Tomer Schwaitzer, CEO, Y-tech

Despite the huge benefits of cloud computing infrastructure, organizations and companies are naturally afraid to move the computing and communications systems out of the organization. Apparently, the safest way to handle this challenge is to leave the entire ICT system inside the organization, close to the IT department. It seems that the alternative is to hand the control of the data to an external organization. Even while an organization or a company passes this hurdle, there are questions about the process itself: Will migration to the cloud demand long downtimes? Will the entire content move to the cloud? What will happen if content is lost in the process? What will happen if the organization discovers failures during migration to the cloud?

Today, in 2016, organizations have no doubt that they must move to the cloud, and therefore the only question is: What are the keys to success in migration to the cloud? In this article, I will provide some best practices that an integration organization can use in order to move the work of its customer to a cloud environment in the best and fastest way.

Aligning expectations, studying and documentation

The most critical starting point to a cloud migration project and the necessary condition of its success is an extensive process of aligning expectations between the integration organization that will perform the migration and the end customer. In this process, you, the integrator, provides the customer with clarifications concerning the way things should unfold at each phase of the migration. For example, you should not hesitate to tell the customer that at a certain point, the customer’s systems will be down. It is better for the customer to know that and to be prepared to this event rather than letting him face such an event as a surprise. Same goes to different “risky” actions that might evolve servers restart for example. Even if the restart will take 2 minutes, come back up like a good boy with no bugs (yeah right..) and “no one will notice”, let the customer decide if it is critical enough for him and get prepared as he likes. Remember: Aligned expectation make the customer happy and prepared, meaning YOU made your work great, the customer appreciates you, you just made the first step for a trusted relationship – easier for you down the road.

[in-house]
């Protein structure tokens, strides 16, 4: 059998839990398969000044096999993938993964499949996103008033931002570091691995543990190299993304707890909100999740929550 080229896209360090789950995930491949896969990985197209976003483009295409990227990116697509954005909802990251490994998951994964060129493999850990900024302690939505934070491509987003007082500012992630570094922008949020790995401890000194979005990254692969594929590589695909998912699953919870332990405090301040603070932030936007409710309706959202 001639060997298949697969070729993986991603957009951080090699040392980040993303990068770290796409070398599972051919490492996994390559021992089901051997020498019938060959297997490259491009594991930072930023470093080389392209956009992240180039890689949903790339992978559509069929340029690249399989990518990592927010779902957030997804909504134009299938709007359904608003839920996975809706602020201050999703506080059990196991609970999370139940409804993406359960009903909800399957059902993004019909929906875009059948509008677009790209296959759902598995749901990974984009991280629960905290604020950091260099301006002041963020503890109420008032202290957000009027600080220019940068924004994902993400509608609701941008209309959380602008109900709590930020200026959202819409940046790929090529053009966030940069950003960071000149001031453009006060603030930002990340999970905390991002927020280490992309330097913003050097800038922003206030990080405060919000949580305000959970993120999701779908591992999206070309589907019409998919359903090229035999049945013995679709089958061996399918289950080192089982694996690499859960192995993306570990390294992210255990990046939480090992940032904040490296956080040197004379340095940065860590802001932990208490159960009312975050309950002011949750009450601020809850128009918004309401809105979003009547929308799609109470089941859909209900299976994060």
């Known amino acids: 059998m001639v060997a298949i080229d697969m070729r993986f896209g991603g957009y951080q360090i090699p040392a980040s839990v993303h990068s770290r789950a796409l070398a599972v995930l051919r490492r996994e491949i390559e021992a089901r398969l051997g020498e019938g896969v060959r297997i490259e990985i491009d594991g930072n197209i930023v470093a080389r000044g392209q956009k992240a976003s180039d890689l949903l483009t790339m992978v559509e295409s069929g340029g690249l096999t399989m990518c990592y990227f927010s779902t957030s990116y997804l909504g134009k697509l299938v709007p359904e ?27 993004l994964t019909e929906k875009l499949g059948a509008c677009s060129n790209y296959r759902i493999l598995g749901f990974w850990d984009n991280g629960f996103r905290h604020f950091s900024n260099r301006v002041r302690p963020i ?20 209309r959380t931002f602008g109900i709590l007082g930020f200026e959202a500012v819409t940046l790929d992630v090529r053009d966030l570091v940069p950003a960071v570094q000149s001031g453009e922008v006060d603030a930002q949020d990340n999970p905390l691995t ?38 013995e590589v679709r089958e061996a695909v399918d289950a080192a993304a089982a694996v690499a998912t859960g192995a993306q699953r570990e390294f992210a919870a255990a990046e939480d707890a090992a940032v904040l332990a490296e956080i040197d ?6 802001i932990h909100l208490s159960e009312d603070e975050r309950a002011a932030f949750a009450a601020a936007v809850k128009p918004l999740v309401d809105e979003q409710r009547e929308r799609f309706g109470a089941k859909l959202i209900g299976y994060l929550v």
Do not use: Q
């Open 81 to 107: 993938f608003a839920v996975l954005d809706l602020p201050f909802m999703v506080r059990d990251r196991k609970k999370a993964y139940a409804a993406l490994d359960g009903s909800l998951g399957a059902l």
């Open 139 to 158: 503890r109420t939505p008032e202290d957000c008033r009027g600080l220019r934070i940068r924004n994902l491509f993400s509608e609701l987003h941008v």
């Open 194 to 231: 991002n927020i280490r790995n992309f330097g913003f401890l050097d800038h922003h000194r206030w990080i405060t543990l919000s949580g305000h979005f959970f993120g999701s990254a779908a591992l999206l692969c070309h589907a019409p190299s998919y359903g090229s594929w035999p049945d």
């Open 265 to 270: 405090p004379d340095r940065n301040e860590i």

Before we advance towards moving the IT system to the cloud, we should thoroughly study the existing ICT infrastructure. To achieve this, we have to review the customer’s site deeply, in order to map his needs.

The integration team should visit the customer’s site with pre-arranged written documents, which are based on defined lists that help review the customer’s existing systems, or basically – EVERYTHING. The team documents and studies the customer and his computing and communications systems. Following that, the team conducts a deep analysis of the data in order to translate it to the optimal cloud based solution. The integrator should study existing systems in each department, network topology, the set of infrastructure protections, licensing, work volumes and applications in use. The studying process is completed before the team takes any migration-related action.